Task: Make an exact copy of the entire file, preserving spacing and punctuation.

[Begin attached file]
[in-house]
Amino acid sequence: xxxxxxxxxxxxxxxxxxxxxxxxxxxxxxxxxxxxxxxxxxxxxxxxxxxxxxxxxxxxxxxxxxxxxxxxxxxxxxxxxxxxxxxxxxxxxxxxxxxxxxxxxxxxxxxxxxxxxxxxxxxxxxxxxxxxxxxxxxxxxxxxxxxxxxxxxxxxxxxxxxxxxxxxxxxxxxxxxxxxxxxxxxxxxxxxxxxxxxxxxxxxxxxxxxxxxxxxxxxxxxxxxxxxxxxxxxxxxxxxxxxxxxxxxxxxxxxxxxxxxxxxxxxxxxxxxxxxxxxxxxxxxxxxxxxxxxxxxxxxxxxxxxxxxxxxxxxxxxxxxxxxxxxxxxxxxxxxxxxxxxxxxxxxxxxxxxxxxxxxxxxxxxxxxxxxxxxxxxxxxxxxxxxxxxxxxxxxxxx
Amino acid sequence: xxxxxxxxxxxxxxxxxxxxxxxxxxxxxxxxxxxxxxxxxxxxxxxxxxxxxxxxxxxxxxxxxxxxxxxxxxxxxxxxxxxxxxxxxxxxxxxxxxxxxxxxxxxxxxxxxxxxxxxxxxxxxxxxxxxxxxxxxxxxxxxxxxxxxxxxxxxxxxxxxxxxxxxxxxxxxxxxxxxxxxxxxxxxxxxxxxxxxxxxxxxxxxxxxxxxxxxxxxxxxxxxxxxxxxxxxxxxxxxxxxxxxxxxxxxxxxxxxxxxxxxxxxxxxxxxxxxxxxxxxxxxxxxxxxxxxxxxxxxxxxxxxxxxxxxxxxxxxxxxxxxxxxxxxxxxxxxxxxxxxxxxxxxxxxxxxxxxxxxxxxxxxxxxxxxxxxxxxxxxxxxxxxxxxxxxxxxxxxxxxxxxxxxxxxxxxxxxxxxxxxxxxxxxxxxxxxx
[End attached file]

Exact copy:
[in-house]
Amino acid sequence: xxxxxxxxxxxxxxxxxxxxxxxxxxxxxxxxxxxxxxxxxxxxxxxxxxxxxxxxxxxxxxxxxxxxxxxxxxxxxxxxxxxxxxxxxxxxxxxxxxxxxxxxxxxxxxxxxxxxxxxxxxxxxxxxxxxxxxxxxxxxxxxxxxxxxxxxxxxxxxxxxxxxxxxxxxxxxxxxxxxxxxxxxxxxxxxxxxxxxxxxxxxxxxxxxxxxxxxxxxxxxxxxxxxxxxxxxxxxxxxxxxxxxxxxxxxxxxxxxxxxxxxxxxxxxxxxxxxxxxxxxxxxxxxxxxxxxxxxxxxxxxxxxxxxxxxxxxxxxxxxxxxxxxxxxxxxxxxxxxxxxxxxxxxxxxxxxxxxxxxxxxxxxxxxxxxxxxxxxxxxxxxxxxxxxxxxxxxxxxx
Amino acid sequence: xxxxxxxxxxxxxxxxxxxxxxxxxxxxxxxxxxxxxxxxxxxxxxxxxxxxxxxxxxxxxxxxxxxxxxxxxxxxxxxxxxxxxxxxxxxxxxxxxxxxxxxxxxxxxxxxxxxxxxxxxxxxxxxxxxxxxxxxxxxxxxxxxxxxxxxxxxxxxxxxxxxxxxxxxxxxxxxxxxxxxxxxxxxxxxxxxxxxxxxxxxxxxxxxxxxxxxxxxxxxxxxxxxxxxxxxxxxxxxxxxxxxxxxxxxxxxxxxxxxxxxxxxxxxxxxxxxxxxxxxxxxxxxxxxxxxxxxxxxxxxxxxxxxxxxxxxxxxxxxxxxxxxxxxxxxxxxxxxxxxxxxxxxxxxxxxxxxxxxxxxxxxxxxxxxxxxxxxxxxxxxxxxxxxxxxxxxxxxxxxxxxxxxxxxxxxxxxxxxxxxxxxxxxxxxxxxxx